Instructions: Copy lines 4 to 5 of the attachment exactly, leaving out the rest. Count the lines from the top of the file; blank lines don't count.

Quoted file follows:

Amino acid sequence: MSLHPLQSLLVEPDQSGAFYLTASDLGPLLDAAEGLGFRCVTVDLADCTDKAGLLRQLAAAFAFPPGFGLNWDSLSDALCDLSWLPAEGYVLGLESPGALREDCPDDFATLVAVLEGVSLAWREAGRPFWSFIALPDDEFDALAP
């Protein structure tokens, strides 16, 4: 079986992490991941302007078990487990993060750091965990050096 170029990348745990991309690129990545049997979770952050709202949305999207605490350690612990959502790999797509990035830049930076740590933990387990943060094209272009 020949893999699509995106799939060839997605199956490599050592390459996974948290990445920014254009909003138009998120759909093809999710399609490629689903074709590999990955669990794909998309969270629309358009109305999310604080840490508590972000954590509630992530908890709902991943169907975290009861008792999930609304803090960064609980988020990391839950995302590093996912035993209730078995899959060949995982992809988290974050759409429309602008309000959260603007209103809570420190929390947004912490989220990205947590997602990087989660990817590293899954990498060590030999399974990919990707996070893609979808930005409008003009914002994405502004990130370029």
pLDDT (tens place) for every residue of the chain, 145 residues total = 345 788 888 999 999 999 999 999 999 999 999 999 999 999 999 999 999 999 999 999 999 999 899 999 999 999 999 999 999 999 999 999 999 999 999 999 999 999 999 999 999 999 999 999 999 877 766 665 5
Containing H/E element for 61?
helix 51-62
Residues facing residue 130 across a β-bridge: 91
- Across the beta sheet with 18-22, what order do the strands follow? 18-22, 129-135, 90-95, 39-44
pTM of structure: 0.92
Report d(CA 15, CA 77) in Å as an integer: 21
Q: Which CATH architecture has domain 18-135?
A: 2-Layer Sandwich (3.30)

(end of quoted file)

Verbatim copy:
Containing H/E element for 61?
helix 51-62